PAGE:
7 Jobs Your Kids Can Do to Make Money

By Money Crasher's David Bakke for GalTime.com

Summer jobs for kids!
Summer jobs for kids!

teaching your kids dollars & sense with age-appropriate jobs

Kids who work paid jobs often acquire better money management skills than their non-working peers. They also develop a sense of responsibility and accountability.

Although you might think your child's work options are limited, there are actually a variety of jobs available. There are even a number of small business ideas for teenagers and kids. Help cultivate your child's entrepreneurial spirit by considering these job opportunities.

7 Jobs Kids Can Do

1. Household Chores: It's likely that there are plenty of things to do around the house that you could use help with. Cleaning floors and windows, dusting, and sweeping are all easy tasks that require a little elbow grease and are therefore perfect for kids who want to make money. Just leave the tasks that require decision-making to yourself.

Related: Show Me the Money: Should Kids Always Return the Change?

2. Yard Work: Cutting grass, raking leaves, shoveling snow, and weeding around the neighborhood or in your backyard are all great ways for kids to make money. Kids of all ages can offer services to friends and family, while older teens may want to advertise services locally via flyers or homemade business cards distributed throughout the neighborhood.

3. Arts and Crafts: If your child is aesthetically inclined, show him or her how to make money selling crafts. You can purchase cheap raw materials for most crafts, such as custom-designed decorative coffee mugs or key chains made of beads. And you can market these products in your neighborhood, especially around the holidays.

Tell prospective buyers what your child will do with the money. If your child is saving up for college or for a new computer, friends and neighbors may be even more inclined to support their endeavors.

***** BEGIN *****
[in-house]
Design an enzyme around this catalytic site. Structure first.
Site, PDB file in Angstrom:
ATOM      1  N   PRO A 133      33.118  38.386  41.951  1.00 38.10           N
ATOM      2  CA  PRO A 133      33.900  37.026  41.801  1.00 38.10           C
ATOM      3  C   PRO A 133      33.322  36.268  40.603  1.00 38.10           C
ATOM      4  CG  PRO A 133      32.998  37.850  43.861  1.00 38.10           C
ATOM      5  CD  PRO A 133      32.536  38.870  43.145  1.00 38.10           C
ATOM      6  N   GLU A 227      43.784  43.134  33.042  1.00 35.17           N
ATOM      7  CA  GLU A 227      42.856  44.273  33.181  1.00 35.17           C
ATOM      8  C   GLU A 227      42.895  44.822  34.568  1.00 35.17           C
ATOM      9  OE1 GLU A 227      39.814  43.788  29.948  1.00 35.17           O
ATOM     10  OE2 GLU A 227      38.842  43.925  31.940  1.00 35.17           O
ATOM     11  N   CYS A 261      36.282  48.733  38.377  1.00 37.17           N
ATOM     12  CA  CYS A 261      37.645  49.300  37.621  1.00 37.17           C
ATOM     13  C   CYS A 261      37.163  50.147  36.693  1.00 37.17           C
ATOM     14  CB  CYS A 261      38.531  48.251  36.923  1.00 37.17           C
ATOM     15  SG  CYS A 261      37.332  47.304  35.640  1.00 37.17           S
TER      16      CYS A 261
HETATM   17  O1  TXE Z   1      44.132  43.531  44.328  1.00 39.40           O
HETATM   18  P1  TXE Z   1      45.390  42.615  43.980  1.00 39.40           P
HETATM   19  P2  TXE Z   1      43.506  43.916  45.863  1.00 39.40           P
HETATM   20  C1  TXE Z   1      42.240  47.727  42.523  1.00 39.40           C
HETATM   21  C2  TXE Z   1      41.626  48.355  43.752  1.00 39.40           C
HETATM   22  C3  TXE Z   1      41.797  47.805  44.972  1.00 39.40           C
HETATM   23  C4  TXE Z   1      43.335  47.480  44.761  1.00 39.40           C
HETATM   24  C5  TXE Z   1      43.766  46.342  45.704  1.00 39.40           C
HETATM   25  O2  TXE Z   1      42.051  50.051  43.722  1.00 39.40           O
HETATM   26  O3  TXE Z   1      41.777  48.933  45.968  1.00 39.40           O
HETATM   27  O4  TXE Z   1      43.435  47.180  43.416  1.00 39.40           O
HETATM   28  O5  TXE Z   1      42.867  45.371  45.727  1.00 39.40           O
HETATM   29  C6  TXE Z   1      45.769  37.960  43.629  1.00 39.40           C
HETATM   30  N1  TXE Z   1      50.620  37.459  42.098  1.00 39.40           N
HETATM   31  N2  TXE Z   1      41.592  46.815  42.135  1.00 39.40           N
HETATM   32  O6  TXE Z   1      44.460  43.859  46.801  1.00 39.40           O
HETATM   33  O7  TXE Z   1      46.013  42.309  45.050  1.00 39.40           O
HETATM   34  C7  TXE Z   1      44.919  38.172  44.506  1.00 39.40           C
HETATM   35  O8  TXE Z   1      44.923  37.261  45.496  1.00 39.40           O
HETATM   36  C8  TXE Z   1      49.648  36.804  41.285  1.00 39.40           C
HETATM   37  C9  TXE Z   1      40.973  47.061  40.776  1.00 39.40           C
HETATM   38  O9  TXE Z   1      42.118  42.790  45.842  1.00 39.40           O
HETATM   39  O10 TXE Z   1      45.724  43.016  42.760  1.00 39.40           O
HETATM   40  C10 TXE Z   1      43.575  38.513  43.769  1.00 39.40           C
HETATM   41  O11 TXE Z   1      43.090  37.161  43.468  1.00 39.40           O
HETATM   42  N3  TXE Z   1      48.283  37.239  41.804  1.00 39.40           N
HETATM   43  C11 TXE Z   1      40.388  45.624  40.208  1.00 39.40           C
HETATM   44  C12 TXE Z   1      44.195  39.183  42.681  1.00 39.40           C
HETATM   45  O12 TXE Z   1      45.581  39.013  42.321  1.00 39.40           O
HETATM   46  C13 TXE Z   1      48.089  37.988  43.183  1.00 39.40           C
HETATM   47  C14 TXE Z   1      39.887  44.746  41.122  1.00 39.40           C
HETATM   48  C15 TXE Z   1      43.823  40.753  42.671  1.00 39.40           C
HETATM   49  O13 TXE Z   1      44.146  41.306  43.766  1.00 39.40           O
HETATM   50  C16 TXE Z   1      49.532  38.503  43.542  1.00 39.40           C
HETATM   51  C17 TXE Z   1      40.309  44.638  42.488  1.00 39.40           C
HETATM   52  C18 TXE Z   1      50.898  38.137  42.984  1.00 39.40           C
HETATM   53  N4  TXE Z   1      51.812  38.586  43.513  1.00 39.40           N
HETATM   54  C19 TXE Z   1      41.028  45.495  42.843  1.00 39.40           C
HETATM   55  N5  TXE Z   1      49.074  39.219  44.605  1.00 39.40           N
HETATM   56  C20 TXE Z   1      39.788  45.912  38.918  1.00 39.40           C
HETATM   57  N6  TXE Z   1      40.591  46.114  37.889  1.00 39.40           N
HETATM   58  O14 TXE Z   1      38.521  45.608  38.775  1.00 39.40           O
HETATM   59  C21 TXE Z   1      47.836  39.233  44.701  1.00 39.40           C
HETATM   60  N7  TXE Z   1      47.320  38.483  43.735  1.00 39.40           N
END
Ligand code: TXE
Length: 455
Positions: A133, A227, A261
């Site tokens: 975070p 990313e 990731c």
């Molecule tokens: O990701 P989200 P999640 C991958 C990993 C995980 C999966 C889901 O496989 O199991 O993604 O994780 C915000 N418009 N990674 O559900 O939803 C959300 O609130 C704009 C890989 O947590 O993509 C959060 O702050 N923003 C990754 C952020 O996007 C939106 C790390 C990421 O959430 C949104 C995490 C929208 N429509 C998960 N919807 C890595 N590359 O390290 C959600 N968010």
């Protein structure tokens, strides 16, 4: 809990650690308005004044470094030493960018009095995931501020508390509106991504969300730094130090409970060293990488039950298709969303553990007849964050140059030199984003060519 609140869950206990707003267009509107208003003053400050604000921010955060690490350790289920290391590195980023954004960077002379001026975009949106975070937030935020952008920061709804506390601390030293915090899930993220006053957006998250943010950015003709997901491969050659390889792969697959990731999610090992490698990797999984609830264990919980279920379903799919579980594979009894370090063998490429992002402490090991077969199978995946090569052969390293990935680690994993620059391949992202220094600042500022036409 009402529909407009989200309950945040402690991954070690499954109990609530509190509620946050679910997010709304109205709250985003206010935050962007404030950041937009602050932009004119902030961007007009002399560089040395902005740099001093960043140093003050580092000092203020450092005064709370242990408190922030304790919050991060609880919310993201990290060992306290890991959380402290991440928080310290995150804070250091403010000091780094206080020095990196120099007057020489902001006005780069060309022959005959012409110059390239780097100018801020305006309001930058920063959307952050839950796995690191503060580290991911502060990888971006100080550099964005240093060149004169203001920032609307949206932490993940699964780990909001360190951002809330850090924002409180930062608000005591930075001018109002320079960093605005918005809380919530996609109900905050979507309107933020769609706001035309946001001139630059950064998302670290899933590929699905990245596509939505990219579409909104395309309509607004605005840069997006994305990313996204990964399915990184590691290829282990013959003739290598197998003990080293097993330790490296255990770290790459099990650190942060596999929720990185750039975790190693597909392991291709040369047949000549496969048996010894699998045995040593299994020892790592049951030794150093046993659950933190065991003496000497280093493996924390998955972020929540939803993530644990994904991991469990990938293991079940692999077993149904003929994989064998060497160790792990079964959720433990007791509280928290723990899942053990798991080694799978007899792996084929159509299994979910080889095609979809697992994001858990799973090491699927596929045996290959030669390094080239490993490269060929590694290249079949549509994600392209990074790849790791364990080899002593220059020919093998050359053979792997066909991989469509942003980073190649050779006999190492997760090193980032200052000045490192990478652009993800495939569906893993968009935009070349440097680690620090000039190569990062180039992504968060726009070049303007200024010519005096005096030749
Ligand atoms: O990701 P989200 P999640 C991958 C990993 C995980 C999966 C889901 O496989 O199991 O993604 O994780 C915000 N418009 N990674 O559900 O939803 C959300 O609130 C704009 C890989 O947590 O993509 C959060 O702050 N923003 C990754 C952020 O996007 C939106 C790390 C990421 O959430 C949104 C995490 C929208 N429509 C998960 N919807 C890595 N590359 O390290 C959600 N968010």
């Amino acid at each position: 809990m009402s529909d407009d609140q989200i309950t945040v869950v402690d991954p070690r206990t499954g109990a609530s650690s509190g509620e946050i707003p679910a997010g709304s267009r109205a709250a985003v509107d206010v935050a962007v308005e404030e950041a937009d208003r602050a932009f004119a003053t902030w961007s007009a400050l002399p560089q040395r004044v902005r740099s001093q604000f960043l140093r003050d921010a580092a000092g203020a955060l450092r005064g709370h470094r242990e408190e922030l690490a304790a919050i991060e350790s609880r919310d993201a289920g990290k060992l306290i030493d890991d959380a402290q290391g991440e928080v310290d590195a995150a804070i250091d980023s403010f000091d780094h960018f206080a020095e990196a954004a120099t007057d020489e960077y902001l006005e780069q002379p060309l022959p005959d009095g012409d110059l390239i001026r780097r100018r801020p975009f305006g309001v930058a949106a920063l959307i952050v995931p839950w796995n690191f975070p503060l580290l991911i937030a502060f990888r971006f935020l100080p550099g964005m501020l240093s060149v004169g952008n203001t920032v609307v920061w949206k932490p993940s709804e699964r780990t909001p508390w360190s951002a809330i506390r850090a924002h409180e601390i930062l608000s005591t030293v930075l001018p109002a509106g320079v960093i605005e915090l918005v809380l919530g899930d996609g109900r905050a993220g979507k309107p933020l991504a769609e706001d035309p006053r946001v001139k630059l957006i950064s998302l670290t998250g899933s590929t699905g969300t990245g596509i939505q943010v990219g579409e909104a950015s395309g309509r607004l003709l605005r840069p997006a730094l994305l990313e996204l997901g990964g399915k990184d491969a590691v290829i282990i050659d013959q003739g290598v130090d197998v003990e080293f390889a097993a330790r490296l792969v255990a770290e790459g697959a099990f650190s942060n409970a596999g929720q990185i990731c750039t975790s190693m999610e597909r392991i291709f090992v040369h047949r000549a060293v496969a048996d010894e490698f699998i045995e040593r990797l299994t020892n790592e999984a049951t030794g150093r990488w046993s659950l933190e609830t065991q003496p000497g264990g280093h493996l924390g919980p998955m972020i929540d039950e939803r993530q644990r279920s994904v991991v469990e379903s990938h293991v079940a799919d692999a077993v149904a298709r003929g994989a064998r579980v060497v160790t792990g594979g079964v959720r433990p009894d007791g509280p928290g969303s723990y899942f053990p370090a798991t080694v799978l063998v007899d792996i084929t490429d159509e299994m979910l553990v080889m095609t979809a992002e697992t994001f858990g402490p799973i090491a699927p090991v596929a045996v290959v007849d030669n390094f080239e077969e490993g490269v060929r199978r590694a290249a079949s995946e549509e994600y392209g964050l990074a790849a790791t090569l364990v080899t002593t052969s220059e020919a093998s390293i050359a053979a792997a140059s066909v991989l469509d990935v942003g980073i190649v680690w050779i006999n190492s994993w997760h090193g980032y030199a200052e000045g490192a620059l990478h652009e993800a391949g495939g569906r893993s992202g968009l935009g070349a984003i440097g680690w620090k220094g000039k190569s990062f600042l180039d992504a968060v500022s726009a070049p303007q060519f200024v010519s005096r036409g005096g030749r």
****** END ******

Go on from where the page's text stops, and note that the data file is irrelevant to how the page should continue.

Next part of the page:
4. Babysitting: This is among the standard part-time jobs for high school students, as quality babysitting is always in demand. But your child can set him or herself apart by getting CPR certified as well. The best way to get a large number of babysitting gigs is to do a good job and capitalize on positive word-of-mouth. And if your child is willing to be available on short notice, he or she can secure a loyal client base.

Related: How Young is Too Young to Start Babysitting?

5. Dog Walking: Many people just don't have time to walk their pets. Your child can approach people with pets in your neighborhood and offer affordable services. Remember, when it comes to marketing your child's services, the focus should be more on getting the job rather than haggling over price. For example, a dog walking job that only pays $5 an hour is $5 more per hour than he or she is currently earning.

6. Car Washing: Encourage your child to partner with other kids in the neighborhood to offer car washing services. A basic wash only requires a hose, some rags, and some soap. But if you want to take it a step further, purchase a cheap wet/dry vacuum and advertise both interior and exterior cleaning services.

7. Expanded Lemonade Stand: A lemonade stand can make money if it's in an area that gets a lot of traffic. If you have such an area, maintain the stand year-round and offer hot chocolate during the winter months. Your child can also make a lot of money by offering bottled water. If you can get bottled water at $0.20 or less per bottle and then sell it for $1, the profit margin is huge.

These are only a few of the income-generating ideas your children can take on. Involve yourself in whatever they choose: Provide guidance, ensure safety, and help manage the funds they earn. For example, you could encourage your child to open a savings account, and even match every dollar that is saved. This can cultivate the habit of saving instead of spending, which will serve children well as they enter the adult world of credit card offers and student loan debt.

What other jobs can you think of that kids can take on to make money this summer?

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